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Interesting Errors

By Jeff Lubinski, Numismatist

Author: Jeff Lubinski / Wednesday, September 12, 2012 / Categories: Crossing the Block
Errors are one of the most fascinating areas of numismatic study. As a young numismatist I became enamored with errors and how they were produced. The original focus of my personal collection was errors, and I’ve always been partial to the most bizarre pieces to escape the mint. Today I’ve got two very interesting pieces on my desk. The first coin is an undated large cent (1808-1834) with a full brockage strike. For those of you not familiar with errors The Official Price Guide to Mint Errors (Herbert) describes it as such, “A coin which was stuck with all of a struck coin between it and one of the dies, showing on the struck object coin as a shallow irregularly rounded depression in the entire face…with a slightly enlarged and distorted incuse image of the intervening coin design.” On this particular coin the familiar obverse design is absent and we have a 85% incuse reverse in its place. The reverse of the coin features a prominent broken die inside the wreath and along part of the outer rim from about 12:00 to 7:00, obscuring some of the lettering. PCGS graded the coin VG-10, though the coin appears significantly nicer (and grading a brockage strike is always a challenge).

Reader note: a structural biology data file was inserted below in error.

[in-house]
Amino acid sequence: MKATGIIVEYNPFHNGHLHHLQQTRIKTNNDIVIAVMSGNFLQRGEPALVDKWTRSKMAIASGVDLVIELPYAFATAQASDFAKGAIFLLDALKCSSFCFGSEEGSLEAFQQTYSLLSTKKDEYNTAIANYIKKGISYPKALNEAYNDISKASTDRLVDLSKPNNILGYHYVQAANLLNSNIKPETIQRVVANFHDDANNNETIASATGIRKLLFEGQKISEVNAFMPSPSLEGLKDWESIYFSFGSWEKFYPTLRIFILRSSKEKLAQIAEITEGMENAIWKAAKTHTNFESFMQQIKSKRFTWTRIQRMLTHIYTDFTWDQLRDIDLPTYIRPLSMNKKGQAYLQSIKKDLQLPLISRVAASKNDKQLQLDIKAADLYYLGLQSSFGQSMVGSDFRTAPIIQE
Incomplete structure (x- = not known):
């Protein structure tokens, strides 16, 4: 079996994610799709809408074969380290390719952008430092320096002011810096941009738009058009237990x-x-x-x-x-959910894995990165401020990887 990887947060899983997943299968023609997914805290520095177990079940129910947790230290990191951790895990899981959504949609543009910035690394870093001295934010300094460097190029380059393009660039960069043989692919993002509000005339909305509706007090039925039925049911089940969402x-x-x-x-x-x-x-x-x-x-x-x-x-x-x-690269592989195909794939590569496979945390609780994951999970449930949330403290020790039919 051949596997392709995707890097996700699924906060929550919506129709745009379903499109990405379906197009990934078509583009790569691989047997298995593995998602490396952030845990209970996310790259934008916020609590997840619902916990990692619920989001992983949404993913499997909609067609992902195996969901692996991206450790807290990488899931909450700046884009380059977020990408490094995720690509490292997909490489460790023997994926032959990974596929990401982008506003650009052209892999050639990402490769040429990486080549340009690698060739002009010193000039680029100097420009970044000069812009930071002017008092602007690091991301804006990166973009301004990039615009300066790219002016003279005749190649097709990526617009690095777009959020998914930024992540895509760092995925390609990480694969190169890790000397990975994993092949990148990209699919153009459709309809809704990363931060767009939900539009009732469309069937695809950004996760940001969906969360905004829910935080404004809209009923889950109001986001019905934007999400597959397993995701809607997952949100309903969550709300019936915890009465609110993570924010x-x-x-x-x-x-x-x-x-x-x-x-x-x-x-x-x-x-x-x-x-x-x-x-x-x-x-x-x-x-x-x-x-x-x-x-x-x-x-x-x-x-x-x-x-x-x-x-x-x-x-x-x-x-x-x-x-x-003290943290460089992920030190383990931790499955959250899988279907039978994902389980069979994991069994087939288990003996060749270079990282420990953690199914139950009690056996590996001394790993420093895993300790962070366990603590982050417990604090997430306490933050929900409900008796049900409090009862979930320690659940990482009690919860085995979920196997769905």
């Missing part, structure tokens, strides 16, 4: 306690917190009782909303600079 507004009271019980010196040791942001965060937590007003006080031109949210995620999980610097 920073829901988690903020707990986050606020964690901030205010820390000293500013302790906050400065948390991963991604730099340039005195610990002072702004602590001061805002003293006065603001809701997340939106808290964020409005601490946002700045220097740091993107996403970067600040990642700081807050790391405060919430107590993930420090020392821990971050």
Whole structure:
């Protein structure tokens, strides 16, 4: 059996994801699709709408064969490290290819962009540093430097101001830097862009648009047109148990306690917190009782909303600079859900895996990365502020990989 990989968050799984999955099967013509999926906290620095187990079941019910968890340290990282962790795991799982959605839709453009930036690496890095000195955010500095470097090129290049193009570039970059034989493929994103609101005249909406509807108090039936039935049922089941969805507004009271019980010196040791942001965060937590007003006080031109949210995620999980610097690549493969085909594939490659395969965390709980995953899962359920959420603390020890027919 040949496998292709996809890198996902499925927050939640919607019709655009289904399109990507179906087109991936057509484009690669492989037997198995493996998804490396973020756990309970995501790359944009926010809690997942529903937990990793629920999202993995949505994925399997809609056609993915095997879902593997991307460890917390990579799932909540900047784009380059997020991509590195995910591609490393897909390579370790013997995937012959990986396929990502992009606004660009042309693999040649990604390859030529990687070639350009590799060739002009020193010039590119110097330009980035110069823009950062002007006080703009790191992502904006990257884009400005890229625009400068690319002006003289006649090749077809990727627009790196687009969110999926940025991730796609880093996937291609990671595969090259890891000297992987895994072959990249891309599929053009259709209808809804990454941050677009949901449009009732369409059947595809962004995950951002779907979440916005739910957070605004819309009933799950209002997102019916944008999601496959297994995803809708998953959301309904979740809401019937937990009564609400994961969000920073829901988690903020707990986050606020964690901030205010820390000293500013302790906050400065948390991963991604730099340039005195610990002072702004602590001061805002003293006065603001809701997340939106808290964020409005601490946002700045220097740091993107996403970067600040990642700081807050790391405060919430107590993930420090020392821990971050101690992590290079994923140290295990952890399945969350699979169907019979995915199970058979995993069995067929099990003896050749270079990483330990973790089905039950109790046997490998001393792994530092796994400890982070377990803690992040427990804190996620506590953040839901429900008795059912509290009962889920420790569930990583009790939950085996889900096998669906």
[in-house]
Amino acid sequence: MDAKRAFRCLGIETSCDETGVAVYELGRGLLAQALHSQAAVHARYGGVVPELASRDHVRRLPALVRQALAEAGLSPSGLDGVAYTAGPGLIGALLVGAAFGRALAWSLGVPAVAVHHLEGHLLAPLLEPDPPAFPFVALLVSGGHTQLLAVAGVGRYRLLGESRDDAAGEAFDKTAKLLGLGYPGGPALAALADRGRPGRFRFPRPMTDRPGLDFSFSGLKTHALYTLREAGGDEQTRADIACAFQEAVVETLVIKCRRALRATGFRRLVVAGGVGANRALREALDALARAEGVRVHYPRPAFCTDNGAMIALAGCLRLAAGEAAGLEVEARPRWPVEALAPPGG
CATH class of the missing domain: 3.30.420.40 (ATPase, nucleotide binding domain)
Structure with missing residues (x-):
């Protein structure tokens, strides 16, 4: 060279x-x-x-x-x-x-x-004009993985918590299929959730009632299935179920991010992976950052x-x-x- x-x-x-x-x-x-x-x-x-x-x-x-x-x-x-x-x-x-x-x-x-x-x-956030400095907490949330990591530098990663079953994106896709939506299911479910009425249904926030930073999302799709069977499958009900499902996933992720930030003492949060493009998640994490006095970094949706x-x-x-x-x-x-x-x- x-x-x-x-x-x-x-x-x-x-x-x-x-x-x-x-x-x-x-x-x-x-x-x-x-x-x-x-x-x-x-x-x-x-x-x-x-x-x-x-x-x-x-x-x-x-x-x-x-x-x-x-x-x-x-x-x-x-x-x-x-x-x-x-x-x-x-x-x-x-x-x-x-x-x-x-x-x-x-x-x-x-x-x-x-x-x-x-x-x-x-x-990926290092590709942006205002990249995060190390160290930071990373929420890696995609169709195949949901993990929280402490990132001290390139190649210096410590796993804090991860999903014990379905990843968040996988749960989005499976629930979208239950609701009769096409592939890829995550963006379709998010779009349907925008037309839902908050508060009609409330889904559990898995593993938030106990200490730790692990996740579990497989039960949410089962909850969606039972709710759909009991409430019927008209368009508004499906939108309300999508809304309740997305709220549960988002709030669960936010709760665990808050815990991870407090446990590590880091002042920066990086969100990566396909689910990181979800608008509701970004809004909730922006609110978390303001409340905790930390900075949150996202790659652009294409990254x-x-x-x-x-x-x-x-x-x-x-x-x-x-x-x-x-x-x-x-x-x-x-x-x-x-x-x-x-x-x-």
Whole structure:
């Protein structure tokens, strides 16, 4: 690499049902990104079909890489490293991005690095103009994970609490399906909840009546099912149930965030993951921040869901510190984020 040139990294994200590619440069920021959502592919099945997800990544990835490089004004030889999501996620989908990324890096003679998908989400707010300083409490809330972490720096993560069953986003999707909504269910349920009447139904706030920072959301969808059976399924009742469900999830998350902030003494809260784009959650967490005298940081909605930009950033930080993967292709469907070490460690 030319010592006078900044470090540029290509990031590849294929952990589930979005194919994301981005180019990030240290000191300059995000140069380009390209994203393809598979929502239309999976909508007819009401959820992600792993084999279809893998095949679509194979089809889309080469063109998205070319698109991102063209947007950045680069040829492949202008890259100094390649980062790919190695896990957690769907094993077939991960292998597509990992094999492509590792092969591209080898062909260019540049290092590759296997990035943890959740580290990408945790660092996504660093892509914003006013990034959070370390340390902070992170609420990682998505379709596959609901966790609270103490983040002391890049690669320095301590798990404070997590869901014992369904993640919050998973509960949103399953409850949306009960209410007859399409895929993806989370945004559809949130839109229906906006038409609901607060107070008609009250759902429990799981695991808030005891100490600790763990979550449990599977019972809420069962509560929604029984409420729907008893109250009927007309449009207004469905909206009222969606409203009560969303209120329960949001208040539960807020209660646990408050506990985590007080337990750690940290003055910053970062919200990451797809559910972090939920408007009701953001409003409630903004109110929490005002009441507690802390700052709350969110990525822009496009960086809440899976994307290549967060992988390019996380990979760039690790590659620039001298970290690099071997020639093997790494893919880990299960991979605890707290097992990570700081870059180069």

The second error is a 1943 Lincoln cent struck on a silver dime planchet. Of all years that a Lincoln could be struck on a silver planchet, 1943 is certainly unique. Because of the copper shortage needed for the war effort in the heat of WWII, Lincoln cents were struck in zinc coated steel. These coins were not popular with the public as they were similar to dimes in size and color. Because all of the cents from 1943 already were silvery in color, the odds were against any off-metal silver coins being detected. I don’t find it surprising that it would escape the mint, given its ability to blend in with normal steel cents. This example has been deemed genuine by PCGS, with a no-grade and a code 98 indicating damage, present in the form of moderately deep staple gouges on the obverse; the gouges appear to almost be metal tests, but are more likely just simple graffiti. Overall it’s a pleasing example of a very unique error that will surely find its home in a nice collection of error coins.